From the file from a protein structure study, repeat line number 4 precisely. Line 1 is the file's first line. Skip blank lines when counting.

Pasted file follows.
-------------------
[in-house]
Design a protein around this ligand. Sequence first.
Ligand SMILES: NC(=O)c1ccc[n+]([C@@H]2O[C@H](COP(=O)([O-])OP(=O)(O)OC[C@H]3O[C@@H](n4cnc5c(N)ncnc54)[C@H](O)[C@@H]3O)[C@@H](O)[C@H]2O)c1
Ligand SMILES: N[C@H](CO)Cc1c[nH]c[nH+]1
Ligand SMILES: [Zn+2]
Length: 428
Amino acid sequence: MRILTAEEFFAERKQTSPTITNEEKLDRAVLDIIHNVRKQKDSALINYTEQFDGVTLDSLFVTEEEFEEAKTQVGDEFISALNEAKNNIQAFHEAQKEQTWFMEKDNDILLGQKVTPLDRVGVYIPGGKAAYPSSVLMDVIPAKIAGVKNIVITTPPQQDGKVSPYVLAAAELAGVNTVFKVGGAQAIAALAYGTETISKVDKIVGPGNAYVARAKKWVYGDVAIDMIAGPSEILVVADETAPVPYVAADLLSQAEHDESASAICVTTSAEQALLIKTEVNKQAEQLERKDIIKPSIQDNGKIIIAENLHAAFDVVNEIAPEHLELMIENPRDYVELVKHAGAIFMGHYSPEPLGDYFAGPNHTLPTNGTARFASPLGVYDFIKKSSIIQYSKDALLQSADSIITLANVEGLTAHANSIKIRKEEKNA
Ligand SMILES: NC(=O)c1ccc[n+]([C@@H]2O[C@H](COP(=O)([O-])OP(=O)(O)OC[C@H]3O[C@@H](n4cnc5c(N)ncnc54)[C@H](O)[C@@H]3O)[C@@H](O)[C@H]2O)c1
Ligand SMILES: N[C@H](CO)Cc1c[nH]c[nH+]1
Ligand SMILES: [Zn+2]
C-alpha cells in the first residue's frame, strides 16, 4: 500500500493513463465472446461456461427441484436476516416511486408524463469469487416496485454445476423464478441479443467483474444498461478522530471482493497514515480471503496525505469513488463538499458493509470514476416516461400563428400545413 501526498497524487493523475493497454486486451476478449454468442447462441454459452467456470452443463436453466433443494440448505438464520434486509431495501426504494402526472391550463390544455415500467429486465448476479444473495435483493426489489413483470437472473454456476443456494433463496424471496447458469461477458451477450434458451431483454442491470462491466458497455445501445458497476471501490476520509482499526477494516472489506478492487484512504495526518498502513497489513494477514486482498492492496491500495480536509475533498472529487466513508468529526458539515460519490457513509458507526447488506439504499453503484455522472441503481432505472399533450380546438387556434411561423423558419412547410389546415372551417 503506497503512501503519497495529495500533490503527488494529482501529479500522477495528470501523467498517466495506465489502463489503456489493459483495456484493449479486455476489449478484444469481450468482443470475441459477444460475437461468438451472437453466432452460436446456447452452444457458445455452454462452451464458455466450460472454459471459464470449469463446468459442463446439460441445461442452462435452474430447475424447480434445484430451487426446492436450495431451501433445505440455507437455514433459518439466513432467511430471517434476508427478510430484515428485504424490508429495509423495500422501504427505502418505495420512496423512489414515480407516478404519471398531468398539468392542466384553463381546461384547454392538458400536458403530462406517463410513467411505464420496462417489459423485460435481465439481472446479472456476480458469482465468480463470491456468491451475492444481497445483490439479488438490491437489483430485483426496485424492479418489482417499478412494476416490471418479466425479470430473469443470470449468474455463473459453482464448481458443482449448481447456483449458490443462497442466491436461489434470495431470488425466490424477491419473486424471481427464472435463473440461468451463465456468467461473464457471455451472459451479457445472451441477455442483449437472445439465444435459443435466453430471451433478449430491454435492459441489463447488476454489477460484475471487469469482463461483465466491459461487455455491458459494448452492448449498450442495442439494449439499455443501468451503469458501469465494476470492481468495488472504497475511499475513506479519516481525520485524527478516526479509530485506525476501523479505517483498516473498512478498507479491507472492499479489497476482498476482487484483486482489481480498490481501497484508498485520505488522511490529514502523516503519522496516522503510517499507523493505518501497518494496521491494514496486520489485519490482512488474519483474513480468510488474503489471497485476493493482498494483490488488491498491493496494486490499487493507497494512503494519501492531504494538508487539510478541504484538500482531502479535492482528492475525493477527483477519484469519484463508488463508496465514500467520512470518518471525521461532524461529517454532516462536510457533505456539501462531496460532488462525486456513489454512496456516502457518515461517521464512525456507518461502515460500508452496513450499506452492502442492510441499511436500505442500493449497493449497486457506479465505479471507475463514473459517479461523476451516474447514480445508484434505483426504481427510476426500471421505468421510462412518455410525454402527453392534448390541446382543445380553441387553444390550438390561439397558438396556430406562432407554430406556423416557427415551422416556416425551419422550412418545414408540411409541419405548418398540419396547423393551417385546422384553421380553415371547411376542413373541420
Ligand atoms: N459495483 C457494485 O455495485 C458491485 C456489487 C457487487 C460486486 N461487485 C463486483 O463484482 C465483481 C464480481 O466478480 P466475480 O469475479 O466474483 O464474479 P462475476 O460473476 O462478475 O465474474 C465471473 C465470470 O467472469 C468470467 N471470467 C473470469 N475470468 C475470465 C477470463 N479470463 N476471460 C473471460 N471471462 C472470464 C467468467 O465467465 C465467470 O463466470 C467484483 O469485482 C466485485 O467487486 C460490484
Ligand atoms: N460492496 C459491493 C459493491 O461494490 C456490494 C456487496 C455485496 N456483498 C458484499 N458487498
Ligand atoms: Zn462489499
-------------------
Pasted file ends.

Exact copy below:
Ligand SMILES: N[C@H](CO)Cc1c[nH]c[nH+]1